Redline
  • Financial assistance for tertiary students
    I’ve gotten my final assignment back for the 300-level Policy Research & Evaluation paper I did last semester, and earned another A+ and another teacher telling me to do post-grad if I can afford it without starving. The only way...
    The little pakeha
  • The latest global warming bill and the Republican conundrum
    Senators Sheldon Whitehouse (D-RI) and Brian Schatz (D-HI) introduced a climate bill in the US Senate last week. The American Opportunity Carbon Fee Act proposes to tax carbon pollution at the source or at the border for imports, and return...
    Skeptical Science
  • A brief commentary from John Key, Prime Minister
    Hello. I’m not going to apologise. There’s nothing to apologise for. I have done nothing wrong. Yes I suppose a few people in my office may have possibly been in contact with people in Camoron Slater’s office, but I had...
    My Thinks
  • A brief commentary from John Key, Prime Minister
    Hello. I’m not going to apologise. There’s nothing to apologise for. I have done nothing wrong. Yes I suppose a few people in my office may have possibly been in contact with people in Camoron Slater’s office, but I had...
    My Thinks
  • A surveillance power-grab
    Section 7 of the government's spy bill introduces a new power for police and SIS to access information held by Customs. Its not mentioned in the press release, and the bill's explanatory note is extremely vague. So what's it about?...
    No Right Turn
  • Fourth housing report confirms failure
    The Fourth Auckland Housing Accord monitoring report shows the Accord has failed to make a dent in the city's housing crisis, says Labour’s Housing spokesperson Phil Twyford. "The report says consents for only 354 dwellings were approved in the special...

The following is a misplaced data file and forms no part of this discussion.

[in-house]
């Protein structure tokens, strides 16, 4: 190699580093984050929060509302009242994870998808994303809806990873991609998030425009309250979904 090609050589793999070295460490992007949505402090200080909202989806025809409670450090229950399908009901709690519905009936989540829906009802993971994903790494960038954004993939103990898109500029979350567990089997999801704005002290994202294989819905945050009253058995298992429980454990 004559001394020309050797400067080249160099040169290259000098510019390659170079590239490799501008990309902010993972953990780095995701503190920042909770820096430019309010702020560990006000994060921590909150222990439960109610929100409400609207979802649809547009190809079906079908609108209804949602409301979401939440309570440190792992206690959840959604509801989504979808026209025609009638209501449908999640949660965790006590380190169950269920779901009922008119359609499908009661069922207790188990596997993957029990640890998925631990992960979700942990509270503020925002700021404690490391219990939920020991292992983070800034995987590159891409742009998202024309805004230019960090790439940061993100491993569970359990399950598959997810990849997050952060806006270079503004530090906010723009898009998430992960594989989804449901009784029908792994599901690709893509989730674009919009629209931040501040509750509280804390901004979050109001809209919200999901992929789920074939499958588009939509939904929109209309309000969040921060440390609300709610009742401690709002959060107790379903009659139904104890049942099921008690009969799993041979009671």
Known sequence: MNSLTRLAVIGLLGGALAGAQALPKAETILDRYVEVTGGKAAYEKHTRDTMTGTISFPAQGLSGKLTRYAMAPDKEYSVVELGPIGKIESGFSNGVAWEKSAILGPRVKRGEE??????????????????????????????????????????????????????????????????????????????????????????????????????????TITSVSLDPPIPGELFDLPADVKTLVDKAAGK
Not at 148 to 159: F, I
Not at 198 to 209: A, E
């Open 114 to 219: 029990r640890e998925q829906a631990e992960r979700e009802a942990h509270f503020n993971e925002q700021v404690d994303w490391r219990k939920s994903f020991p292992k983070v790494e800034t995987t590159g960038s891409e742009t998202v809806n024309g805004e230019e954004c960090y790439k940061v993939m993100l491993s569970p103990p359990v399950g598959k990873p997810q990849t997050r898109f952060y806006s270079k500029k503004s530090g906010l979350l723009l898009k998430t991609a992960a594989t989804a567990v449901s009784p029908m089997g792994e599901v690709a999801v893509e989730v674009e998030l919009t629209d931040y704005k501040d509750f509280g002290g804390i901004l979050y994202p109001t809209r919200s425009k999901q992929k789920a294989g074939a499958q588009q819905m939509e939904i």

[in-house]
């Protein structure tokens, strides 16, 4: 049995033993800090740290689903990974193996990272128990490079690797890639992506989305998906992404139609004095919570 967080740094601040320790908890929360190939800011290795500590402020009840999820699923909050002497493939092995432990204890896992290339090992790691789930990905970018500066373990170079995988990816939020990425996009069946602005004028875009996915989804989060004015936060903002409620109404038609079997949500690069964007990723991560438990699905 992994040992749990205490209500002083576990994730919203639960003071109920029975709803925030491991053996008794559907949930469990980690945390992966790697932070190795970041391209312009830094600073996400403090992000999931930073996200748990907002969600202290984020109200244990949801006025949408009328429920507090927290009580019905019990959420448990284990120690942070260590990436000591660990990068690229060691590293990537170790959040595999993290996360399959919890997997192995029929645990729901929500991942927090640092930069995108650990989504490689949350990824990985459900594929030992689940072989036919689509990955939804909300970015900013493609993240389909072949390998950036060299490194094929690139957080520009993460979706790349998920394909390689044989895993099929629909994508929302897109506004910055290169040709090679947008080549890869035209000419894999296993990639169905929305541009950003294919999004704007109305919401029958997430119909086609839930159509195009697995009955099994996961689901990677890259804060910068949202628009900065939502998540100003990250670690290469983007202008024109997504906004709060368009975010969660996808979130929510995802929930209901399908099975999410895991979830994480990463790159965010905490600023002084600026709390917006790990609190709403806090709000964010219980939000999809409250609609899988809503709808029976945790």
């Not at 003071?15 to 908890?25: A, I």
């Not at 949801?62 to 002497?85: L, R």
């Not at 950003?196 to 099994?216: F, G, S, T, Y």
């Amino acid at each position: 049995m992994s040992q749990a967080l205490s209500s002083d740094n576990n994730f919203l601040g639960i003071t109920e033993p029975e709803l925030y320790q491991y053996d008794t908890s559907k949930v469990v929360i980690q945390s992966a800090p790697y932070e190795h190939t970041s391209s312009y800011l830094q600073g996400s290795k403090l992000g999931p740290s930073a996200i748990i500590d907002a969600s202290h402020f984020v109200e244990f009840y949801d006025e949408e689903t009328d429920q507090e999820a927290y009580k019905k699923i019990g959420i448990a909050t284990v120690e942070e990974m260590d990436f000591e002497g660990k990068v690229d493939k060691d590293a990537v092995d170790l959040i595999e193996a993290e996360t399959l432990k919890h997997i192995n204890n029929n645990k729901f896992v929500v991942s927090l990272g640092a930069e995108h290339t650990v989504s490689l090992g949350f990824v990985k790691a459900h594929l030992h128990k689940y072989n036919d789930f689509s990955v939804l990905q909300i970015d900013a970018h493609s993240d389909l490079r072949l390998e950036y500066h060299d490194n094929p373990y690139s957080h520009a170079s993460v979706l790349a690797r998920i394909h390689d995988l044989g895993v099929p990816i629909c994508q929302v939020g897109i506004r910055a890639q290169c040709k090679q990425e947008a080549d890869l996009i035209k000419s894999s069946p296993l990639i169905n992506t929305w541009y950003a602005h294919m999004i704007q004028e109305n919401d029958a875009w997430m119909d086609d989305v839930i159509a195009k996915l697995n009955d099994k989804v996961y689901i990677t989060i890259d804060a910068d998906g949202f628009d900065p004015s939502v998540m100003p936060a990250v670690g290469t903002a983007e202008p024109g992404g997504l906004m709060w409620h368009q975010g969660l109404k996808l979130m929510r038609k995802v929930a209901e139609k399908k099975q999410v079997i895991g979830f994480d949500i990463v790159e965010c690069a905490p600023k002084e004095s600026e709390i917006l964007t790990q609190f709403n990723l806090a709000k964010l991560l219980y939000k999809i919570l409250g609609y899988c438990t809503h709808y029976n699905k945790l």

Labour
  • Fourth housing report confirms failure
    The Fourth Auckland Housing Accord monitoring report shows the Accord has failed to make a dent in the city's housing crisis, says Labour’s Housing spokesperson Phil Twyford. "The report says consents for only 354 dwellings were approved in the special...
    Labour
  • Ministers all over the place on Smith passport
     Ministers responsible for the Phillip Smith debacle are at  odds over the passport he used to escape, says Labour’s Corrections spokesperson Kelvin Davis.  “It  beggars belief that Internal Affairs Minister Peter Dunne says the passport issued to Smith, under his...
    Labour
  • Ministers all over the place on Smith passport
     Ministers responsible for the Phillip Smith debacle are at  odds over the passport he used to escape, says Labour’s Corrections spokesperson Kelvin Davis.  “It  beggars belief that Internal Affairs Minister Peter Dunne says the passport issued to Smith, under his...
    Labour
  • Green Party Co-leader Russel Norman’s speech – Rod Donald Memorial Lect...
    It's been nine years since Rod's tragic death. I'd like to start out by talking about what Rod achieved. Then I want to talk about the things that I think he might want us to achieve in his absence. We...
    Greens
  • Hard road ahead for thousands more Kiwi kids